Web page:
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Clean Energy fund keeps investing despite being on chopping block

The Clean Energy Finance Corp has made new investments exceeding $50 million, despite on-going efforts by the Abbott government to axe the fund.

The new outlays include a $20 million deal announced on Wednesday to invest in new biogas projects with Quantum Power, which will contribute a similar amount.

Under the deal, Quantum will supply food processors and other agribusinesses in all five mainland states with energy generated from organic waste, reducing the need for grid power and cutting costs.

The deals, along with others expected to be unveiled over the next week or so, will bring the fund’s total investments to about $590 million compared with $536 million towards the end of 2013.

The Coalition has dubbed the CEFC a “giant green hedge fund” that provides unnecessary competition for the private sector. 

Supporters of the $10 billion fund, which was set up by the Gillard government as part of its clean energy package, note that private banks and other firms have spent three dollars for each dollar invested by the fund, for a total of more than $2.2 billion since its inception last July.

The investments, which include about half going to energy efficiency projects, have saved almost 4 million tonnes of carbon emissions at a negative-cost of $2.40 per tonne, the fund estimates.

Pipeline of projects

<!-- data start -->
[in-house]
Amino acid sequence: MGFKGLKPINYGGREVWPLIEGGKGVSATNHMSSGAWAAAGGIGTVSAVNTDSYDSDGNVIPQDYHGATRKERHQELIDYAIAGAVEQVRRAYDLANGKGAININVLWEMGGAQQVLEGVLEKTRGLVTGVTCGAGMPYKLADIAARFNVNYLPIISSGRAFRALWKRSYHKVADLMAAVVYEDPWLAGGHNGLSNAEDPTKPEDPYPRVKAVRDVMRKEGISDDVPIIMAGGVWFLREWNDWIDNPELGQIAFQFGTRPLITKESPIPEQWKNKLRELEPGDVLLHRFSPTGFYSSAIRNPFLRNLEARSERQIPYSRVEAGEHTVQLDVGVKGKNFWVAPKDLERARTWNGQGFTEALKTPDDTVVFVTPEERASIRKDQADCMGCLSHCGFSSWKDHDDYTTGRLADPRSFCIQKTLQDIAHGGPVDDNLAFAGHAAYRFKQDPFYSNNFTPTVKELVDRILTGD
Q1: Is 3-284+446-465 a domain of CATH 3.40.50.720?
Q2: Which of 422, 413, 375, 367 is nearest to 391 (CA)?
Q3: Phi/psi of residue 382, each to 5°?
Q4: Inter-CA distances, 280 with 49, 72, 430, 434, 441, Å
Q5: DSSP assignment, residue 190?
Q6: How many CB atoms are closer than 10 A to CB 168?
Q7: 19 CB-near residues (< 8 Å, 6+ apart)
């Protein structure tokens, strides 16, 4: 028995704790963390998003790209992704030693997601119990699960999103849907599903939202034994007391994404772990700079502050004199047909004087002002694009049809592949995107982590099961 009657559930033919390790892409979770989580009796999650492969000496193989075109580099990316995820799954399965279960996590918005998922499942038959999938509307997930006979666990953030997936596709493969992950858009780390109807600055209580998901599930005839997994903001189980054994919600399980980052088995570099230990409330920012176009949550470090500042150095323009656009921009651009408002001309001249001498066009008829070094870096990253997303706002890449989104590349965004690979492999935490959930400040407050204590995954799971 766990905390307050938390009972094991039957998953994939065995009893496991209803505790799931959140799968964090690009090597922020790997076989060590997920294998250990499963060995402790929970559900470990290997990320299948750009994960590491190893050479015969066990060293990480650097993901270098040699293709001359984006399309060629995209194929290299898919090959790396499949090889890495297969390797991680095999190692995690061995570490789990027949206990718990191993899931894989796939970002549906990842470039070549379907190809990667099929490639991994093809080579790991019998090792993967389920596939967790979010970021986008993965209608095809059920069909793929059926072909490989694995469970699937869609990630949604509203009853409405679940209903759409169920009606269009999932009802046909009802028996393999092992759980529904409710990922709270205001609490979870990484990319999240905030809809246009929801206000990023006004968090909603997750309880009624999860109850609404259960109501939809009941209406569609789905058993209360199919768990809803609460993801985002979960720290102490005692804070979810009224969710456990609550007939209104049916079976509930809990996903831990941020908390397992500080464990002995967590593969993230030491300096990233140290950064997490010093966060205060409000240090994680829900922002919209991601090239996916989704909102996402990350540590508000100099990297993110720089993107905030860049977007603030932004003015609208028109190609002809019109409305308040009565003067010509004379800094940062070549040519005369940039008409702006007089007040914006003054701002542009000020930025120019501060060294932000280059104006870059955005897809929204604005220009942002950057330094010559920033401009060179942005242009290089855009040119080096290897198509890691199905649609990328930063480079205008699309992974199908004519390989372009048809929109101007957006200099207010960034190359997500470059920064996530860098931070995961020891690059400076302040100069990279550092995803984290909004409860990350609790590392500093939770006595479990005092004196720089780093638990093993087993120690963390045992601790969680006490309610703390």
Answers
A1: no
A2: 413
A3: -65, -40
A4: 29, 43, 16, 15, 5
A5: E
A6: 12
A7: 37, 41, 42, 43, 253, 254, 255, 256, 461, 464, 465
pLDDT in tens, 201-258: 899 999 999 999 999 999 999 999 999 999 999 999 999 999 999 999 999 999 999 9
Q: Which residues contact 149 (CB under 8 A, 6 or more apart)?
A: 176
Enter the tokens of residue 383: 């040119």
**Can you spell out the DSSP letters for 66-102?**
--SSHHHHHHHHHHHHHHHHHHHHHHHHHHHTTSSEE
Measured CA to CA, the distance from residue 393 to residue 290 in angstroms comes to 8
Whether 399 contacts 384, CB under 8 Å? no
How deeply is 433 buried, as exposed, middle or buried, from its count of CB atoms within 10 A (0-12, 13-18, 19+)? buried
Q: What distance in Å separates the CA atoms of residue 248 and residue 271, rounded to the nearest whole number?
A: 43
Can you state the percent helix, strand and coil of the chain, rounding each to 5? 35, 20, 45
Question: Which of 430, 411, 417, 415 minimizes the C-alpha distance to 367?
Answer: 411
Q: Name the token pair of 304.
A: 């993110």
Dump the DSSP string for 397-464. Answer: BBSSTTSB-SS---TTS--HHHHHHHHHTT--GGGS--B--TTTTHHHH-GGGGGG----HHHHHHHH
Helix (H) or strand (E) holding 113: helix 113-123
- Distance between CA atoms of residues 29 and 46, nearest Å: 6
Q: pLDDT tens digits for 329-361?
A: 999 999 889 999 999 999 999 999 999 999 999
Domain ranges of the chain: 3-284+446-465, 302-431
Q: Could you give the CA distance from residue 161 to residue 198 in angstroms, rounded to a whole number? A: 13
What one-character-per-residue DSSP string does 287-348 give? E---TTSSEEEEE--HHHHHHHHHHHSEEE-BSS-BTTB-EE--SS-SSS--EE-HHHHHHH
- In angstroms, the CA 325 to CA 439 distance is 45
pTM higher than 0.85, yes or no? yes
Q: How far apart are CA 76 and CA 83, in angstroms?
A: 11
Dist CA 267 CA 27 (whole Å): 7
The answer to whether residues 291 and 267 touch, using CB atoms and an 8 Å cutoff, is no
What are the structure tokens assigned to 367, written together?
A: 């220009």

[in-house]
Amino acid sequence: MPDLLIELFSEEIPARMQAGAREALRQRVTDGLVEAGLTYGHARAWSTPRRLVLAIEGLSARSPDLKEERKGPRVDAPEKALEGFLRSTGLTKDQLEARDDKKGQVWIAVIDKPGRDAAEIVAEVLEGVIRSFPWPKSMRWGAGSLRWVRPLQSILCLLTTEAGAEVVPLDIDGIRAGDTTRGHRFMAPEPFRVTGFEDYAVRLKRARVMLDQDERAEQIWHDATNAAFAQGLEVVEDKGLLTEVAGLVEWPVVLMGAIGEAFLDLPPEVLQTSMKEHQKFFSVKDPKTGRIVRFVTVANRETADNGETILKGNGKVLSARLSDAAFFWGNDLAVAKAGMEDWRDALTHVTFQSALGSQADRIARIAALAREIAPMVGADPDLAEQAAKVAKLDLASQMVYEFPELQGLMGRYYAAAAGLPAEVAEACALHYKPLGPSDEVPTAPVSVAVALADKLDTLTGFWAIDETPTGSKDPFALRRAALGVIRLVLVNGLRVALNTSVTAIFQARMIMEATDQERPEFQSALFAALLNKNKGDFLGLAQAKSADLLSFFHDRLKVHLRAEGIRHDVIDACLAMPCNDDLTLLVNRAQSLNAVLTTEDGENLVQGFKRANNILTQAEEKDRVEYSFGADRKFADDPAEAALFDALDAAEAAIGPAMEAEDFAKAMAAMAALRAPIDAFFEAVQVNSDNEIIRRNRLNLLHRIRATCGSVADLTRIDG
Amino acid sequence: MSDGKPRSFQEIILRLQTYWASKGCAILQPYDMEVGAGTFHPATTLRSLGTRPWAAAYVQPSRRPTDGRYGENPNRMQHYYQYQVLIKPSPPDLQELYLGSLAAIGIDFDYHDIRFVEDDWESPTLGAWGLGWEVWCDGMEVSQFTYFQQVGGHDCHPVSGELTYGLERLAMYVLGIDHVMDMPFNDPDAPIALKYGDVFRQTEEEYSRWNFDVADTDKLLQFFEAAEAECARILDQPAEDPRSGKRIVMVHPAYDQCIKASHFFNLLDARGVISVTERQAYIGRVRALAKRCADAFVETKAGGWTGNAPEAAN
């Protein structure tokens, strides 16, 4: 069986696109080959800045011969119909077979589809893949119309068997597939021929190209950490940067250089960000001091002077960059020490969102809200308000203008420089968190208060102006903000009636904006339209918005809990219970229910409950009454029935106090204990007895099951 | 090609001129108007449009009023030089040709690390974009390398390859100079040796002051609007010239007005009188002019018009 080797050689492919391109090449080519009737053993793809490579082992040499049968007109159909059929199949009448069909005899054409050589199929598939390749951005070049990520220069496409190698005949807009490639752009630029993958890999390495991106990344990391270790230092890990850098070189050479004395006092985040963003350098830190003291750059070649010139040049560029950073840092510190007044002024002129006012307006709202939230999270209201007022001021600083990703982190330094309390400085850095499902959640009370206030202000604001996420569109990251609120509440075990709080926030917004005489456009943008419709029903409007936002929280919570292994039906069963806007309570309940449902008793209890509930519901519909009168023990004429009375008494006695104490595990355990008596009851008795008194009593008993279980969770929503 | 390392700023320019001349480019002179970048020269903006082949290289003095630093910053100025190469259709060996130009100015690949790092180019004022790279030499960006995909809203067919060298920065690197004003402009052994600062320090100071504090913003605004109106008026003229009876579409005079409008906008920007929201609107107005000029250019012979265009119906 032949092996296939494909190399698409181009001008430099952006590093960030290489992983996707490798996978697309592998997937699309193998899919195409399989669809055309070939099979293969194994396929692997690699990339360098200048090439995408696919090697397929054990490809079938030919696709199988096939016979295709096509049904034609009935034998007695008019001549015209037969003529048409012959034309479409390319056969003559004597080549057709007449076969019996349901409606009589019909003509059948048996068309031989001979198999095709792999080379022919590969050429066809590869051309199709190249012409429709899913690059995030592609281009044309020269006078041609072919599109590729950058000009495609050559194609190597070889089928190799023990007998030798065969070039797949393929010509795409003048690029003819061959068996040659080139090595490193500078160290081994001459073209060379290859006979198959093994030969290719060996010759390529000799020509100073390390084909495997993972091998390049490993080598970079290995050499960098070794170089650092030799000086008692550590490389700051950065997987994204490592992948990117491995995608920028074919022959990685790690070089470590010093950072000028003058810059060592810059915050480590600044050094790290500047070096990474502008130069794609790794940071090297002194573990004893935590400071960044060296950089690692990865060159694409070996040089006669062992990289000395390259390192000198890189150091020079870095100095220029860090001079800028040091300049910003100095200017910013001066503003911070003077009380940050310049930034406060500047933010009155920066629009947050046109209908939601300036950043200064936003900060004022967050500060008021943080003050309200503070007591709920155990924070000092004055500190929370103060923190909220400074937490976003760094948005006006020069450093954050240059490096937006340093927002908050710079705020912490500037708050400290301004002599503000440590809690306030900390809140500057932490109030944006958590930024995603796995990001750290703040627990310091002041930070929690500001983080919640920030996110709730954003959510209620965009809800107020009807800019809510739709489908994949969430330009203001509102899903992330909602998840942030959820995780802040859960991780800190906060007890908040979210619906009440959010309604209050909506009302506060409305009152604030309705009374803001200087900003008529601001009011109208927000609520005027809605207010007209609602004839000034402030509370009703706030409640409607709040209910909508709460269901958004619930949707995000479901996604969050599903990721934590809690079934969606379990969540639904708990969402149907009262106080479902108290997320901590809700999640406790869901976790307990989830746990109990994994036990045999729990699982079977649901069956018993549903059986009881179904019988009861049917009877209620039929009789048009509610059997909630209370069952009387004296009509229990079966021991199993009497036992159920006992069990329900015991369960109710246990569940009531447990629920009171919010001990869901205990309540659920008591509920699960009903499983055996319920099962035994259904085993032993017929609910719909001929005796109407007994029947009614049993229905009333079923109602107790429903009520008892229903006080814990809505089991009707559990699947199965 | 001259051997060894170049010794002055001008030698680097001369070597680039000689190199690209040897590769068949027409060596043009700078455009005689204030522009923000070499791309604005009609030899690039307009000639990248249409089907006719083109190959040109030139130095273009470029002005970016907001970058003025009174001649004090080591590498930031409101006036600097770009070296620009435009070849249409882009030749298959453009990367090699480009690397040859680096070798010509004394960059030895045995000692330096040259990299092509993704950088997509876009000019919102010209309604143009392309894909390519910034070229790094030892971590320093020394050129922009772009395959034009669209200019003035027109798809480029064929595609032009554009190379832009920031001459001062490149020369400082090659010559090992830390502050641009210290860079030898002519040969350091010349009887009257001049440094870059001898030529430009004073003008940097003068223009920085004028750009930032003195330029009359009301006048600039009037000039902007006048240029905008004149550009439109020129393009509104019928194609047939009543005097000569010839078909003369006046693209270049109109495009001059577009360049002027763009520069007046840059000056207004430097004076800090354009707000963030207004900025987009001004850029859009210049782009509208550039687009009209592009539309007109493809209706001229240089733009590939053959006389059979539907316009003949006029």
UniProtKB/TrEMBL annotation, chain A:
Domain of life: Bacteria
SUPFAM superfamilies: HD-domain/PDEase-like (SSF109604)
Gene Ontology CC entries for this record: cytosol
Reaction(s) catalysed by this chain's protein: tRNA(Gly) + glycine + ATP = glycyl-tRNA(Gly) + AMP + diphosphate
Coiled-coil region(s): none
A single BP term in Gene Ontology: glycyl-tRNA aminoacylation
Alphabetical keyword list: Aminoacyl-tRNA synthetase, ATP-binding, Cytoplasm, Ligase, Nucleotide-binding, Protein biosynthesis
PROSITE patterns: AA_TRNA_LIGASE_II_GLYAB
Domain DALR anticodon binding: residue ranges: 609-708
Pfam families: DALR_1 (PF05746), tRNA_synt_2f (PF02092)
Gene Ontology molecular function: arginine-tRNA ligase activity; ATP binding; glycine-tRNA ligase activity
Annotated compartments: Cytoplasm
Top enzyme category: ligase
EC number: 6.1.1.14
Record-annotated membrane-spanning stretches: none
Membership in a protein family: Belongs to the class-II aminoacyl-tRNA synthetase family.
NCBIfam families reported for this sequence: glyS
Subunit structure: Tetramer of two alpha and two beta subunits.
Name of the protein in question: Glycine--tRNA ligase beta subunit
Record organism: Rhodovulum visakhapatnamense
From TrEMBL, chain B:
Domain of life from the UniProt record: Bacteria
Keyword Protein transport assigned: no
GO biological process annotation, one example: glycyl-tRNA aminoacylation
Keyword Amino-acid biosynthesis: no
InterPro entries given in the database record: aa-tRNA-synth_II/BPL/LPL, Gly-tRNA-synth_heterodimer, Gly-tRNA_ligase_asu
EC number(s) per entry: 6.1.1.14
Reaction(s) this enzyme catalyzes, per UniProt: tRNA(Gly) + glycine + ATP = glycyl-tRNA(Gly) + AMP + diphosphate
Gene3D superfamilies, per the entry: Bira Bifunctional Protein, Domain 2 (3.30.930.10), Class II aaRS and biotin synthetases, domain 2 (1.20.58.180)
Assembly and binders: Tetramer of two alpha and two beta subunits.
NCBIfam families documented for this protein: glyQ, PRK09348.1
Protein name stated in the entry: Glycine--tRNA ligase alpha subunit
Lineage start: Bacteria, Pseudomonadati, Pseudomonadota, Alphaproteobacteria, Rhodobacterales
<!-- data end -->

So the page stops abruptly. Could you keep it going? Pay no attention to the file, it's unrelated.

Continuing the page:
As of February 20, the CEFC was in active discussions with 34 project proponents seeking finance for more than $1.2 billion. All up, the projects would be worth more than $3 billion, the fund said.

The CEFC is also considering proposals from more than 150 proponents seeking CEFC finance for more than $4.3 billion, with total project costs exceeding $11.8 billion.

The bill to abolish the fund has already been defeated once in the Senate by Labor and the Greens. Along with the Climate Change Authority - which this week survived a second vote in the Senate - the CEFC is hoping for support from the Palmer United Party and other independent senators in the new Senate to avoid its abolition.

The Quantum Power deal will finance a series of projects, most of which are worth between $2 million and $4 million.

Quantum will build, own, operate and maintain the biogas plants “leaving businesses free to keep focused on their core operations”, said Oliver Yates, chief executive of the CEFC.

Under the current legislation, the fund is required to invest $2 billion a year for five years.

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